Photo by Les Stone, American Red Cross
When Hurricane Sandy was approaching the eastern seaboard of the United States, the American Red Cross was already making the preparations to respond to the communities that were in the path of the devastating storm.
The results were catastrophic, and the American Red Cross responded.
The Red Cross was there, and still is, offering support to the people in those neighborhoods who depend on their help. As a Red Cross volunteer, I saw the aid and comfort that the Red Cross brought into these areas, through the testimonies, the facts and figures, statistical analysis, the photos, and the heroic stories.
Since the storm hit, the Red Cross has served more than 9 million meals and snacks, handed out more than 6.7 million relief items, provided more than 103,000 health services and emotional support contacts for people who have been living in very tough conditions, connected with more than 93,000 families and individuals to determine recovery needs and provide access to resources, mobilized more than 15,800 trained workers (about 90 percent of them are volunteers from all over the country) to help people affected, a range of groups have provided more than 158,000 shelter stays, and the Red Cross has provided more than 81,000 of those stays.
The recovery continues.
More than 1,400 Red Cross workers are still on the ground supporting survivors through our relief work even as we begin our longer-term recovery efforts.
The Red Cross is working with government and other nonprofits as part of a comprehensive response to help Sandy survivors recover. People in New York and New Jersey whose houses were destroyed and who are living right now in hotels, so that we can connect them with resources to either repair their homes or move into longer-term rental housing.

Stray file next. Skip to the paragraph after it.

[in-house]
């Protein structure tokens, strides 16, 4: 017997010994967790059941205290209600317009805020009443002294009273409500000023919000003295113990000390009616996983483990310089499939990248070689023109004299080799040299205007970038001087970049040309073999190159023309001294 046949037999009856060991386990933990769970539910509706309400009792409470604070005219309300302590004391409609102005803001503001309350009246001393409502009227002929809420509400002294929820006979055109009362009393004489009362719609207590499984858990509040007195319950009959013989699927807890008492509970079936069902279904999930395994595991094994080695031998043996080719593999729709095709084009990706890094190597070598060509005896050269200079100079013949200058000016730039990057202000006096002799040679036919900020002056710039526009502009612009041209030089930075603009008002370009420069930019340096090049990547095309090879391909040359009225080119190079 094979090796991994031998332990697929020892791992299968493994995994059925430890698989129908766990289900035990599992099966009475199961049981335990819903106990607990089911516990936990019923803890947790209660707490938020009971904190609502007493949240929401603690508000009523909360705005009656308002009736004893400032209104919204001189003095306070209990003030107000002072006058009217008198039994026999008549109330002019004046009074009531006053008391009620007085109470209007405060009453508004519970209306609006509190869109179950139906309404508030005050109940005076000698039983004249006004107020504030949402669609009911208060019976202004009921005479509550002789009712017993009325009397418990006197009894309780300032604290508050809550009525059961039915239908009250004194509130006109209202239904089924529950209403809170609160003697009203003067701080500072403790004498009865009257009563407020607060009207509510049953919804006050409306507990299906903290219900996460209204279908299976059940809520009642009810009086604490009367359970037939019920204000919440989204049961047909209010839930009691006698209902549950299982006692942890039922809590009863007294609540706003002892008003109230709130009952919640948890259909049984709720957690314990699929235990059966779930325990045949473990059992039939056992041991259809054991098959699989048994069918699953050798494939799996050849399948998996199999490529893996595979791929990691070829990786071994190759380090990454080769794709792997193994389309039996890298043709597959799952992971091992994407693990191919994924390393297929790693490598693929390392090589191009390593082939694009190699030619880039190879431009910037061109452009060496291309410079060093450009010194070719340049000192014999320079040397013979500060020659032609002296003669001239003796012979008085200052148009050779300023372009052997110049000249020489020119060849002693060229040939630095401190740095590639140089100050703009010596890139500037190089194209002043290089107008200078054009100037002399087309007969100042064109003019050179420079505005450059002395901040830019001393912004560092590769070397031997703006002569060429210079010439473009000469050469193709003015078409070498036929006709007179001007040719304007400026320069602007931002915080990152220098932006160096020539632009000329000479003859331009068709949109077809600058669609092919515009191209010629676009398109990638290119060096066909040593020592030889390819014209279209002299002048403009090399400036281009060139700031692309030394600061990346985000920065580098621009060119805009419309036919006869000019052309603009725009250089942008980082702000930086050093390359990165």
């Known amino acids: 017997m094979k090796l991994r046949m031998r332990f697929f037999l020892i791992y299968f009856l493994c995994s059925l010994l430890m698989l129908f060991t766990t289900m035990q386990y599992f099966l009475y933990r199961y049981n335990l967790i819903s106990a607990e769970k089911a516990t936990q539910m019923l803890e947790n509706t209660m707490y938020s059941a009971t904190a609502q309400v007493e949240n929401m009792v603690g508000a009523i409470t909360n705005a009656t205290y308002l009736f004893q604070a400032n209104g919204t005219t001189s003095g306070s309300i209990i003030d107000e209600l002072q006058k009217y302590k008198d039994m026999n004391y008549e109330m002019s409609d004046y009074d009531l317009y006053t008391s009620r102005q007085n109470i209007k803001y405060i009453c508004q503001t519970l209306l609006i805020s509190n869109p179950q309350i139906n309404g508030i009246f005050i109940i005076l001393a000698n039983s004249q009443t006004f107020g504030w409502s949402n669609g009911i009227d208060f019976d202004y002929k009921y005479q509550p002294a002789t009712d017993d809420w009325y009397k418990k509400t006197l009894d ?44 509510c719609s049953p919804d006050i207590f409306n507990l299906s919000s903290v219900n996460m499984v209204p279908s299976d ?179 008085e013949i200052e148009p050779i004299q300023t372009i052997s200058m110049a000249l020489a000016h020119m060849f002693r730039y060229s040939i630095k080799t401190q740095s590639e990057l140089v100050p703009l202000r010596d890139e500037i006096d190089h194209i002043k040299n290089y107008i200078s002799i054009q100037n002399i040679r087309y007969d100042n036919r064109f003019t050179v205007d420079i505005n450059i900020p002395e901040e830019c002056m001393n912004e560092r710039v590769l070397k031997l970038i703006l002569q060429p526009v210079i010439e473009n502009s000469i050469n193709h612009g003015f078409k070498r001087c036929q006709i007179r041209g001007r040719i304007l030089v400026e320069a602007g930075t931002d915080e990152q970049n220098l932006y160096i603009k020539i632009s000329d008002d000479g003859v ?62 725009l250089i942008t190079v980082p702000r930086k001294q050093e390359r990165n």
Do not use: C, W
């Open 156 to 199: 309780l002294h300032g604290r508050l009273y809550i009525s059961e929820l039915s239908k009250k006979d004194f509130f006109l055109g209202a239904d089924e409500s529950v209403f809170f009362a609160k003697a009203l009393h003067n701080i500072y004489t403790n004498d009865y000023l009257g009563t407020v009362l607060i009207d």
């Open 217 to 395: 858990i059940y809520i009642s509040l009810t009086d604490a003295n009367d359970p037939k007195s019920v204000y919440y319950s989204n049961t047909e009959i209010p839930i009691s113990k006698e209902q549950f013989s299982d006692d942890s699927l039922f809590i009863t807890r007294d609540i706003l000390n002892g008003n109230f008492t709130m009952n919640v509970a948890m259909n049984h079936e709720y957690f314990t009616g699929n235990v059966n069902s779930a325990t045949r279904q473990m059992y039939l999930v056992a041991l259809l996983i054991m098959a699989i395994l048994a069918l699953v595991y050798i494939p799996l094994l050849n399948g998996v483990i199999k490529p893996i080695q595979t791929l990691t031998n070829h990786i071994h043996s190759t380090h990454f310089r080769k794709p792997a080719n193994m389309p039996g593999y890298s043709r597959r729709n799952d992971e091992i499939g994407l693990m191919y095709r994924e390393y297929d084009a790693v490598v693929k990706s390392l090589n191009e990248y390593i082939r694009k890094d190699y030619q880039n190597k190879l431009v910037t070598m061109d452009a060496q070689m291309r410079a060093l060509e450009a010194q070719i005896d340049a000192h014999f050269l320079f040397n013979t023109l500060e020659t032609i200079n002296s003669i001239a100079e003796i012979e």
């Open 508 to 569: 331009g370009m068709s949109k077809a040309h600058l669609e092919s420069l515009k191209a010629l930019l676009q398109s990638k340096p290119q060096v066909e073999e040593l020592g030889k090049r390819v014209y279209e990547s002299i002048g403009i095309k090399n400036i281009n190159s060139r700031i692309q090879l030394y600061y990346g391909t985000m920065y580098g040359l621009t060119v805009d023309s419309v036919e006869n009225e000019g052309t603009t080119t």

Where do we go from here?
For the next several months, the main focus of our recovery efforts will be helping those who have trouble finding assistance on their own. This assistance will include connecting people with social service programs, helping them obtain longer term housing, helping them fill out paperwork for assistance or insurance claims, getting them counseling, identifying child care resources,, or providing a connection to legal assistance if they are dealing with a landlord or contractor. We also can help people find new programs for Sandy recovery.
We are still providing people with food, supplies, shelter and emotional support. We estimate our relief operations are going to cost an estimated $110 million by the end of December and we estimate that our long term recovery program will cost an additional $60 million.
To learn more about how you can support the Red Cross, please visit this website.
A gift of any size supports the lifesaving mission of the American Red Cross whether it's responding to a disaster, collecting lifesaving blood, teaching skills that can save a life, or assisting our military members and their families.
On behalf of the American Red Cross, we sincerely appreciate the generous support of people from around the country in support of our Sandy recovery.